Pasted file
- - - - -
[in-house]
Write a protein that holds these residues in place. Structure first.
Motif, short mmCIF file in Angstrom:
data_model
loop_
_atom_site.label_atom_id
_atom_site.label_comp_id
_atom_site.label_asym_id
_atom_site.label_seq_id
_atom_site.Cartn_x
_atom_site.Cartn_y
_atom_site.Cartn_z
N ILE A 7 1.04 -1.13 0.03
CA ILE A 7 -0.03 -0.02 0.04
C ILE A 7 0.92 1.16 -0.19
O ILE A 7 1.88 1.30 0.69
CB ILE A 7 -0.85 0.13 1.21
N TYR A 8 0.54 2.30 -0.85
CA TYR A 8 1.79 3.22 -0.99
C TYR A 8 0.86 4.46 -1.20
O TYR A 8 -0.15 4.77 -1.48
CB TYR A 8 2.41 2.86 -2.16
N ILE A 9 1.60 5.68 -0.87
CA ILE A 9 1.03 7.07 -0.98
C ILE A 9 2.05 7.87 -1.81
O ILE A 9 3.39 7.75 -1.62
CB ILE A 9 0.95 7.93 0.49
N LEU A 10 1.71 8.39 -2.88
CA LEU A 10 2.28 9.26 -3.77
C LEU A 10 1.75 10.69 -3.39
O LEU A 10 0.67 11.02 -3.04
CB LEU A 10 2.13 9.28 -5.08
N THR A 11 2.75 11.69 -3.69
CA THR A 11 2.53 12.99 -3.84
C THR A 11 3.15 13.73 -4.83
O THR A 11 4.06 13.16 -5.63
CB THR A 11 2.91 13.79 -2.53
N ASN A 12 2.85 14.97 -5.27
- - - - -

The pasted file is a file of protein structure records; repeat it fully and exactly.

[in-house]
Write a protein that holds these residues in place. Structure first.
Motif, short mmCIF file in Angstrom:
data_model
loop_
_atom_site.label_atom_id
_atom_site.label_comp_id
_atom_site.label_asym_id
_atom_site.label_seq_id
_atom_site.Cartn_x
_atom_site.Cartn_y
_atom_site.Cartn_z
N ILE A 7 1.04 -1.13 0.03
CA ILE A 7 -0.03 -0.02 0.04
C ILE A 7 0.92 1.16 -0.19
O ILE A 7 1.88 1.30 0.69
CB ILE A 7 -0.85 0.13 1.21
N TYR A 8 0.54 2.30 -0.85
CA TYR A 8 1.79 3.22 -0.99
C TYR A 8 0.86 4.46 -1.20
O TYR A 8 -0.15 4.77 -1.48
CB TYR A 8 2.41 2.86 -2.16
N ILE A 9 1.60 5.68 -0.87
CA ILE A 9 1.03 7.07 -0.98
C ILE A 9 2.05 7.87 -1.81
O ILE A 9 3.39 7.75 -1.62
CB ILE A 9 0.95 7.93 0.49
N LEU A 10 1.71 8.39 -2.88
CA LEU A 10 2.28 9.26 -3.77
C LEU A 10 1.75 10.69 -3.39
O LEU A 10 0.67 11.02 -3.04
CB LEU A 10 2.13 9.28 -5.08
N THR A 11 2.75 11.69 -3.69
CA THR A 11 2.53 12.99 -3.84
C THR A 11 3.15 13.73 -4.83
O THR A 11 4.06 13.16 -5.63
CB THR A 11 2.91 13.79 -2.53
N ASN A 12 2.85 14.97 -5.27